Posted by Barry Cochran at 10:13 AM
Sunday, April 17, 2005
Saturday, April 16, 2005
Friday, April 15, 2005
For those who weren’t able to hear Iraqi women’s rights advocate Yanar Mohammed speak last Saturday, you have another chance. Ellen Neal interviewed Ms. Mohammed for the KACV-TV program Face To Face. The interview will first air on Tuesday, April 26, at , then will repeat Saturday, April 30 at , and Sunday, May 1 at .
Join us Sunday at the downtown library, second floor, at . It’s free. And it makes a difference.
Posted by pazamarillo at 3:28 PM
WASHINGTON, April 14 - As the Senate heads toward a showdown over the rules governing judicial confirmations, Senator Bill Frist, the majority leader, has agreed to join a handful of prominent Christian conservatives in a telecast portraying Democrats as "against people of faith" for blocking President Bush's nominees. (Kirkpatrick, David D. "Frist Set to Use Religious Stage on Judicial Issue." New York Times.)
“Dr. Frist” is a fristing nutcase. And he either knows nothing about this country’s true theology or he knows way too much and is just a cynical bastard. The only god left for the Republican base is money. If you doubt this, don’t look at what they do on Sunday morning; rather look at their behavior the rest of the time. As the greatest of all prophets (Douglas Adams) wrote
This planet [Earth] has - or rather had - a problem, which was this: most of the people on it were unhappy for pretty much of the time. Many solutions were suggested for this problem, but most of these were largely concerned with the movements of small green pieces of paper, which is odd because on the whole it wasn't the small green pieces of paper that were unhappy.These Republicans can rave & rant about Jeezus all they want but they will still drown a puppy for a dollar. They use religion as a means to gain control and consolidate their power, but what have they done with power once they have it? They sure the hell haven’t turned the other cheek. They sure the hell haven’t fed anyone’s sheep. And they haven’t loved anyone’s neighbor— unless you count those stories about Paul Wolfowitz.
Instead, they’ve lined their own pockets.
Marx— Sha la la lala lalala / Is this the way to Guantanamo Bay? — said that religion was the opiate of the masses. In 2005 he might say it was the masses' methamphetamine, but the essential point remains, perhaps more than Marx understood—and these Republicans are the playground pushers of Drug War mythology, giving voters a little bit of Jeezus for free to get them hooked-- and after that they own themselves another junky.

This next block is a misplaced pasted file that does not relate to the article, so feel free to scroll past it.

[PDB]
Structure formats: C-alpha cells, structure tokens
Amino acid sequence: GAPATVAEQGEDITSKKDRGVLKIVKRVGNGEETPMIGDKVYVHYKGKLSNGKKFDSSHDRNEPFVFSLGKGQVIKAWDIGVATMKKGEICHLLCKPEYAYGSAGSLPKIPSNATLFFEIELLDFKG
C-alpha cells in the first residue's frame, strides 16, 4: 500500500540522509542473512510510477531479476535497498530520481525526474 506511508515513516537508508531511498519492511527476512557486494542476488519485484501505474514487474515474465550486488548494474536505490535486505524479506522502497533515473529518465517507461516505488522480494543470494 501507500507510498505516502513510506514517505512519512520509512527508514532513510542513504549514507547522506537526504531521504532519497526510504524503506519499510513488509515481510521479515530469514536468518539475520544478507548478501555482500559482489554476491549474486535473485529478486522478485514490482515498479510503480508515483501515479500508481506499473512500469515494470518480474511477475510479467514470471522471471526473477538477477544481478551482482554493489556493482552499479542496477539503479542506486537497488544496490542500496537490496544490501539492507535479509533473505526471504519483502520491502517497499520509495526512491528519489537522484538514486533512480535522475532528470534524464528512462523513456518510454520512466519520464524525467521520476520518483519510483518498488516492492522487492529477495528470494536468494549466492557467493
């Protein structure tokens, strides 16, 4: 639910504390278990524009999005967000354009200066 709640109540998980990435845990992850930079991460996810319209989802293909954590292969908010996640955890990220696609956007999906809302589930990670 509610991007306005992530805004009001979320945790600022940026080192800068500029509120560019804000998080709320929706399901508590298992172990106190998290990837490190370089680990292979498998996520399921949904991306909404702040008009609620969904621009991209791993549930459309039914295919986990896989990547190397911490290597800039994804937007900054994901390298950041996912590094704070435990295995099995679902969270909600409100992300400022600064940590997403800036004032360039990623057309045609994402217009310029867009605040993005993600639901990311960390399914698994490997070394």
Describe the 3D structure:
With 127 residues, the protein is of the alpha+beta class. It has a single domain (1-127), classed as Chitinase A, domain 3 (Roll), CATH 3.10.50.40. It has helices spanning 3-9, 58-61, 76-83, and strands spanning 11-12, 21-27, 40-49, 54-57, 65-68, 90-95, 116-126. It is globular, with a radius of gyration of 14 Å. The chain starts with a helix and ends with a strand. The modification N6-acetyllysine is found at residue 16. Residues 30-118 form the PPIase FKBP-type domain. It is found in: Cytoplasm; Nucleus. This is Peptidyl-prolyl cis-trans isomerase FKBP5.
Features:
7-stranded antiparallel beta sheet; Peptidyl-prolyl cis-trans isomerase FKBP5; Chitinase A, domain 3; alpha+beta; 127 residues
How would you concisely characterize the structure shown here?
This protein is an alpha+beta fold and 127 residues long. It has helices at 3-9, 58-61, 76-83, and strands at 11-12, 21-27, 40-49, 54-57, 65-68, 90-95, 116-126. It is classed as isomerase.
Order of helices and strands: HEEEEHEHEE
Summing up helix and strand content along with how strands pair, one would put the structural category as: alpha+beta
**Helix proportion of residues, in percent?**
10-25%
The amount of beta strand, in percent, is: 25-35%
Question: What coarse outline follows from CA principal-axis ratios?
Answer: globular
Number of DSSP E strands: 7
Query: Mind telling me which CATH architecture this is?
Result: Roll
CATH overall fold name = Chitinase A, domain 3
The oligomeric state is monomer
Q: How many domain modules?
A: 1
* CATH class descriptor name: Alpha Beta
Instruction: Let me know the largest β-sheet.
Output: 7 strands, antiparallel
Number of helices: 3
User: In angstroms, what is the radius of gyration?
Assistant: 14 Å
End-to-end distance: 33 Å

And what do those poor addicted voters get for their trouble? Their teeth fall out, their skin turns sallow and rots off. They’re wracked by the muscle cramps and chills of environmental destruction, they’re throwing up a bloody, phlegmy death-economy. And they run to their Republican pushers—but now the price has gone up a little: We know you used to get Feelgood Jeezus Government if you voted for nice grandfatherly Ronnie Reagan. But now it costs two Bushes and a Tom Delay. Sorry, the underground economy is always capitalist, you know. It’s the Democrats' fault, really, you know they’ve got this War on Jeezus going on—all the busts, trying to seize all the Feelgood Jeezus Government dope. We think they’re secretly using and selling it themselves.
So even though it’s written that I shouldn’t judge, I gotta say that I’ve actually read the Bible cover-to-cover (twice), and I just can’t see how modern Republican Big Business Wal-Mart Hypercapitalism has anything at all to do with Jesus Christ of Nazareth. It’s become a truism that is Jesus really did come back, we’d crucify him again. Of course, it's also a truism that these Republicans would first complain about his dirty feet, call him an anti-American hippie traitor, and—“Omigod, he looks Middle-Eastern to me!”—lock him up in Gitmo.
Posted by Barry Cochran at 12:34 PM
Thursday, April 14, 2005
Go read this great article on on the succes of local blogging from pressthink, like, right now vato! CLICK HERE
(Then come right back here)
There are some great ideas on how to grow this blog and compete with the local wingnut bird cage liner AKA the Amarillo Globe News.
This from Baristanet, a blog covering three towns in NJ:
. . . In competing with Big Media, Baristanet has the blogger's options:
"I compete editorially against five local weeklies and one regional paper. There's no way I won't get scooped. On the other hand, as a blogger I can be useful as an aggregator. So I can link to the reporters who've scooped me. I even have one category, "Scooped by Phil Read, Again." Phil Read is a very good reporter for the Star Ledger.